The animated tale is 'rooted in the past' but 'told in a very modern way'

By Oliver Gettell
April 11, 2017 at 10:00 AM EDT
Credit: Eliot Lee Hazel

Rainbow Crow

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John Legend is spreading his wings and entering the realm of virtual reality.

The multitalented musician and actor is set to star in Rainbow Crow, an animated VR series based on Native American folklore that will unveil its first chapter at the Tribeca Film Festival this month.

Produced by Baobab Studios and directed by Eric Darnell (Antz, the Madagascar movies), Rainbow Crow is inspired by a Lenape myth about the origin of fire. Legend voices the titular character, a brilliantly plumed bird who is nominated by his fellow animals to bring warmth back to the world during a period of darkness and cold. The journey, however, is not without sacrifice.

Speaking to EW about Rainbow Crow, which he’s also executive producing, Legend said the story “is really about community. It’s about love, it’s about inclusion, it’s about sacrifice and doing something for the greater good.”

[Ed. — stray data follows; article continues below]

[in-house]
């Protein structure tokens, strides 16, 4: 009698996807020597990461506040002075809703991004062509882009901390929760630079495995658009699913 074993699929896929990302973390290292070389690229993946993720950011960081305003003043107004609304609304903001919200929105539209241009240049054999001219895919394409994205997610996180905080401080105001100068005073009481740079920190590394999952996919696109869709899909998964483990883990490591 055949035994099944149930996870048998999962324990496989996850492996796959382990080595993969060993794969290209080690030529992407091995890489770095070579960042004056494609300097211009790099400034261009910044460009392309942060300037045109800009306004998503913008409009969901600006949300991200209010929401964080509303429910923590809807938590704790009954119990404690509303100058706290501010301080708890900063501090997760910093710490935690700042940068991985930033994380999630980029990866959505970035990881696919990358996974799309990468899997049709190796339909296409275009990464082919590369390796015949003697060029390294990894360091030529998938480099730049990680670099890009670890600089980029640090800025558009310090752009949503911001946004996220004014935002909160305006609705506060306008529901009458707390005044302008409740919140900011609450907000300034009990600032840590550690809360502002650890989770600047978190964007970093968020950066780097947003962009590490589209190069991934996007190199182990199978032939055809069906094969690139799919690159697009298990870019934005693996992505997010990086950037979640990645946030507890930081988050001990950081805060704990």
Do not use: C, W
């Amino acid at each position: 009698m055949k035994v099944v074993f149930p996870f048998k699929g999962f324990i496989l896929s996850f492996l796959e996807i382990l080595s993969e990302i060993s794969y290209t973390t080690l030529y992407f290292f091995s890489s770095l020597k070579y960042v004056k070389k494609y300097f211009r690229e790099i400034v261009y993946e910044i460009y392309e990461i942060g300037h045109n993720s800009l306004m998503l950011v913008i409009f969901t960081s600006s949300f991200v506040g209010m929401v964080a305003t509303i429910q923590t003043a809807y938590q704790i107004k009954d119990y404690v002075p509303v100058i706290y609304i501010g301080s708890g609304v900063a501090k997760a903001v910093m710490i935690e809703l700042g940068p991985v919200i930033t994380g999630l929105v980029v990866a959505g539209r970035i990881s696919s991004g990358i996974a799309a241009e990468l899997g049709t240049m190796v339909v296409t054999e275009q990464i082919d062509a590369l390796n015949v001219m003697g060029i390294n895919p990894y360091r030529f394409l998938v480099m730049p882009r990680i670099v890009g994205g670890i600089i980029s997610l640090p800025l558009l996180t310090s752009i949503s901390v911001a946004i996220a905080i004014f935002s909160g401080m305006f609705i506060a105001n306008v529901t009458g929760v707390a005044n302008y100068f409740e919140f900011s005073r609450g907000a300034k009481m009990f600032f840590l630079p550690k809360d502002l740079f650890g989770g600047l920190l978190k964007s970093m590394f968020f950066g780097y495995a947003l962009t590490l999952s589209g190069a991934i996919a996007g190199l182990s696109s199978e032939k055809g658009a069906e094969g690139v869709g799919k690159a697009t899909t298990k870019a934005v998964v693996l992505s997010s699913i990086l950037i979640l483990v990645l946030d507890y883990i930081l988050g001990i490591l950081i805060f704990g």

Such themes are inherent in much of Legend’s work, from songs and music videos like “Glory” and “Love Me Now” to screen projects like WGN’s Underground.

“I’ve always thought of art as a powerful way of speaking to the idea of love and human connection and seeing each other’s humanity,” Legend said. “So I feel like it’s part of my job as an artist to make music that communicates some of those things and participate in art that communicates some of those things as well.”

For Legend, Rainbow Crow also represented an opportunity to explore new creative territory while paying homage to tradition. (One notable link to the past is Randy Edmonds, a Kiowa-Caddo tribal elder and longtime advocate for Native American rights who is narrating the series.)

“We have to be creative, we have to be innovative, we have to be forward-thinking,” Legend said. “But that doesn’t mean we don’t have reverence for the past, and that doesn’t mean we don’t reference the past.”

He added, “This story is one rooted in the past, one rooted in ancient Native American mythology, that is told in a very modern way. I think most great art figures out a way to blend the past and the now, and hopefully we’ll continue to do projects that do that.”

Credit: Baobab Studio

The Tribeca Film Festival runs April 19-29. Watch a teaser for Rainbow Crow above.

Rainbow Crow

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